Above: one of the many Austrian fighting positions prepared in advance of Italy’s declaration of war.
Five days ago, the Austro-Hungarian government rejected Italy’s attempts to resolve their territorial demands diplomatically. Almost immediately, the world press reported violence breaking out on the frontier between the two countries. At Valles Abbia, an Austrian lieutenant is said to have fired his pistol and wounded an Italian sergeant, resulting in a bayonet charge by the Italians, capturing the aggressor and three soldiers. Another story in the International Herald Tribune claims that riflemen of the Italian 11th Regiment have already fought a skirmish against the Austrians that same day, with a hundred casualties on either side. Echo de Paris reports that Italy is mobilizing reserves. Ominously, journalists have also confirmed that both ambassadors have departed for home. German merchant ships that were waiting out the war in Italian harbors have now been escorted to Austrian waters.
War hysteria is rampant in the Kingdom of Italy, where popular opinion has coalesced in favor of war, splitting the socialist movement and promoting a new, conservative imperialism. Roman police arrest Americans, mistaking them for foreign agents. Italian papers stoke tales of starving, angry Austrian subjects waiting to be liberated, but in fact Italian speakers are a minority in much of the coveted Alpine territories. Ten days ago, the death of a pro-war agitator at the hands of police during a demonstration provoked the united outrage of both interventionists and advocates of continued neutrality. Led by Benito Mussolini‘s Fasci d’Azione Rivoluzionaria, the resulting strike has signaled that reactionary political forces are on the rise.
Meanwhile in Vienna, Generalfeldmarschall Conrad von Hötzendorf instructs his generals to do the unthinkable and prepare a strategic defense. Having gambled and lost hundreds of thousands of soldiers’ lives on keeping Italy out of the war with brutal Winter offensives against Russia, without a reserve army, and already facing a second front against the Serbs, Conrad knows that he cannot afford to attack on a third front.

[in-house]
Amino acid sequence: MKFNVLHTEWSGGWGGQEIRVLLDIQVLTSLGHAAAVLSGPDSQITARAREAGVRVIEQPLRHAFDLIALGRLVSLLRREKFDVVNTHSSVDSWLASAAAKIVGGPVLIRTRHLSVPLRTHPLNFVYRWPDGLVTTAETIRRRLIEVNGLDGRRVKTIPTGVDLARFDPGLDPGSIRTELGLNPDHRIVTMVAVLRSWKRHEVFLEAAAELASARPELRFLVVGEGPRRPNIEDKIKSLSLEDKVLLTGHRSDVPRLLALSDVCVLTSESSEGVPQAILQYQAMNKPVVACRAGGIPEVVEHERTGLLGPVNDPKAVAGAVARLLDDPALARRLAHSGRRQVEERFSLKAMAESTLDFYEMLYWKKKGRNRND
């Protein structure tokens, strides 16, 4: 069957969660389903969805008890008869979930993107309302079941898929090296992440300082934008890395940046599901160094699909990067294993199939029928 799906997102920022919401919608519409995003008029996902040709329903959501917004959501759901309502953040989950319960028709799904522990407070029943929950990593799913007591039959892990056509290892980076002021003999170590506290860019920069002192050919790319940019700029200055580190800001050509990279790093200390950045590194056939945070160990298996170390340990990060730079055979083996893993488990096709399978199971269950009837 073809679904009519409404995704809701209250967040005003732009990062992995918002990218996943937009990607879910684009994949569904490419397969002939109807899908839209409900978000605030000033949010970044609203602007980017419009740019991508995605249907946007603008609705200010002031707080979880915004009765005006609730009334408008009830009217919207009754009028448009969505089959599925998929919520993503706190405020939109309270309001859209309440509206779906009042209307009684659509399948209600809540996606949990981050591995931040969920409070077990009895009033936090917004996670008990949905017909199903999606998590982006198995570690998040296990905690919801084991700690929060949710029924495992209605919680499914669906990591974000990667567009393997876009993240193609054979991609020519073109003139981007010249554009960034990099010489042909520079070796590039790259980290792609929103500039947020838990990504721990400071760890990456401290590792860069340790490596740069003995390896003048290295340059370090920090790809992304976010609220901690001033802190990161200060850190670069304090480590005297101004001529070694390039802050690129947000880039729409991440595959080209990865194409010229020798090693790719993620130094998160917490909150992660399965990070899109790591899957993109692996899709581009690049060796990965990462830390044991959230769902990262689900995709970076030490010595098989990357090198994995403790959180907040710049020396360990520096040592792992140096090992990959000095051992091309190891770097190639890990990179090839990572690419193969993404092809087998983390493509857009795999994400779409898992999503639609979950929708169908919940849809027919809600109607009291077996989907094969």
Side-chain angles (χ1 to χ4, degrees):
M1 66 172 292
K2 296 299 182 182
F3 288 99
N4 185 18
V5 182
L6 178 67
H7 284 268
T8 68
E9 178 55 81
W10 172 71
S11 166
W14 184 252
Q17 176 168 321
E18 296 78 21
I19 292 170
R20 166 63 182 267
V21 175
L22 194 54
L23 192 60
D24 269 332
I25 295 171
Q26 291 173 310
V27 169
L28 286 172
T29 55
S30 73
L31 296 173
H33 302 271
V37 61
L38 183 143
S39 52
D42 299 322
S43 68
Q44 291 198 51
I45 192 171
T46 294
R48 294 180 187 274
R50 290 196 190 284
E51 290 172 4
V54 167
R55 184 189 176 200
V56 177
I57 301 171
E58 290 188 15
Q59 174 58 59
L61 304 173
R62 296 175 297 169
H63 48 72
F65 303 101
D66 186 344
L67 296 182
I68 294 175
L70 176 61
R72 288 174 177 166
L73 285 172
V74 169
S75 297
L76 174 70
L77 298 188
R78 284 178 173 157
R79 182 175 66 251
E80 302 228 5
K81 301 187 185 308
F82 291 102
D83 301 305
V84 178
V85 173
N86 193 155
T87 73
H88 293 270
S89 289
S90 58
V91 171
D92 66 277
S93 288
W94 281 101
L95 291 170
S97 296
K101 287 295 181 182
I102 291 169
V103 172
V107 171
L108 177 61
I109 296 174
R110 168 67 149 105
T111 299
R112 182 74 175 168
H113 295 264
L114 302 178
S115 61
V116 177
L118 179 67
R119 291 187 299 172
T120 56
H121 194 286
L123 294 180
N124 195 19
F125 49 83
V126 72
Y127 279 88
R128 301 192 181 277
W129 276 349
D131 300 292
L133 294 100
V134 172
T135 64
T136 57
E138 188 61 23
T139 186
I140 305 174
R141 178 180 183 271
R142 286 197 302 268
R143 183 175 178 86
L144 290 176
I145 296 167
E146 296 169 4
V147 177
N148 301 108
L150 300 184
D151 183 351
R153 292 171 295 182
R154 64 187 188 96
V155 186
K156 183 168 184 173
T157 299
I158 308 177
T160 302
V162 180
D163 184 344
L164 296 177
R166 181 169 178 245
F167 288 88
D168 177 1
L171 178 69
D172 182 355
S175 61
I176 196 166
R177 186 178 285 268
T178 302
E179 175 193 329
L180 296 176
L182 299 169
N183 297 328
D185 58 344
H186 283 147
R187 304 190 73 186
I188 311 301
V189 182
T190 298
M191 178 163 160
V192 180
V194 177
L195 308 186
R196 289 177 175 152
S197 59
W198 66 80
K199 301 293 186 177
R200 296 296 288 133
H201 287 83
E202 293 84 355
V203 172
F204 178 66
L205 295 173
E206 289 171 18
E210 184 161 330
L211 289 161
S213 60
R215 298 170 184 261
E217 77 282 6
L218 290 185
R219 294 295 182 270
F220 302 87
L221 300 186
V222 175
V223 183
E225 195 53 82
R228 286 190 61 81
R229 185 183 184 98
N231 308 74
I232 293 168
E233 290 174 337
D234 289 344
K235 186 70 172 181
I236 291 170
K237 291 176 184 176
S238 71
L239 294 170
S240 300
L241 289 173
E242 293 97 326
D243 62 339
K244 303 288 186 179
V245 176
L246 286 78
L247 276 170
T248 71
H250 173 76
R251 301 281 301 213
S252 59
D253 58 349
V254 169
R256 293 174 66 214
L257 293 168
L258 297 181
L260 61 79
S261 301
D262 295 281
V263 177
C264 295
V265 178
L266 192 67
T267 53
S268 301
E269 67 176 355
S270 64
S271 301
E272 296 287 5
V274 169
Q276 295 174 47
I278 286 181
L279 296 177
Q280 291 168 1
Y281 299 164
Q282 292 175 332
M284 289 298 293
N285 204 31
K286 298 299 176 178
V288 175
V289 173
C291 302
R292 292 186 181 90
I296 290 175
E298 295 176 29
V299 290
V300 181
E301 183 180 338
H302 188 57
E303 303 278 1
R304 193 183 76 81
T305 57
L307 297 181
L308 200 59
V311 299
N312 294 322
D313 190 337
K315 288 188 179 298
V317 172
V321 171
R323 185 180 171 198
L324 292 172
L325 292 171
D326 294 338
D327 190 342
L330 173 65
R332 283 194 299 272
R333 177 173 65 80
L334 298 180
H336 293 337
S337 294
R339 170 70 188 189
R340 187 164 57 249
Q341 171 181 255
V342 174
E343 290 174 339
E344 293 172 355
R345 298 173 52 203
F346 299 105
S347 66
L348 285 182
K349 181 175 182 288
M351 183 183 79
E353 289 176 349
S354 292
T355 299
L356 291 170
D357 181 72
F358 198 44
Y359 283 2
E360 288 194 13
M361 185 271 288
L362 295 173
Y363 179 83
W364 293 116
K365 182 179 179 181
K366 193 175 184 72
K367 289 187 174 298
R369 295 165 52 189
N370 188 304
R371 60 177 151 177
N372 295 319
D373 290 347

Though all combatants in the Great War focus on victory through the strategic offensive, the battlefield technologies of 1915 favor defenders, and are already available in quantity. By unceasing labor, an imitation of the Western Front will now manifest in advance of the expected Italian attack. Conrad cedes the borders themselves, constructing a defensive line on the high ground behind it to make best defensive use of the terrain. Work never stops, by day or night, with constant improvements: the trenches on the Tyrolean heights are hardened, the fighting positions concreted, telephone lines laid, and firing lanes cleared.
These defenses will still be incomplete and patchy on the Isonzo, around Gorizia, and before Trieste. Nevertheless, thanks to poor reconnaissance these preparations will entirely escape the notice of Italian intelligence services at a tremendous cost to the Italian Army.
Pressing their own offensives in Poland and Flanders, the Germans have sent no help. In fact, General Franz Rohr has no regulars at all. Instead, he commands a mix of training units, militias, border guards, and customs officers. Most of them have yet to be equipped with modern rifles, and of course they lack any artillery. He has already spent months recruiting and training twenty thousand ‘men’ — most of them too old or young for regular service, many of them miners and laborers by trade — as Standesschützen, Tyrolean home guards. Only about half of them are capable of front line service.
And yet, this will somehow be enough. As with Gallipoli, where a determined defender has filled a strategic gap in British with enough men and weapons to make the difference between victory and defeat, Italy’s very public decision process has given the Hapsburgs just enough time to forestall destruction.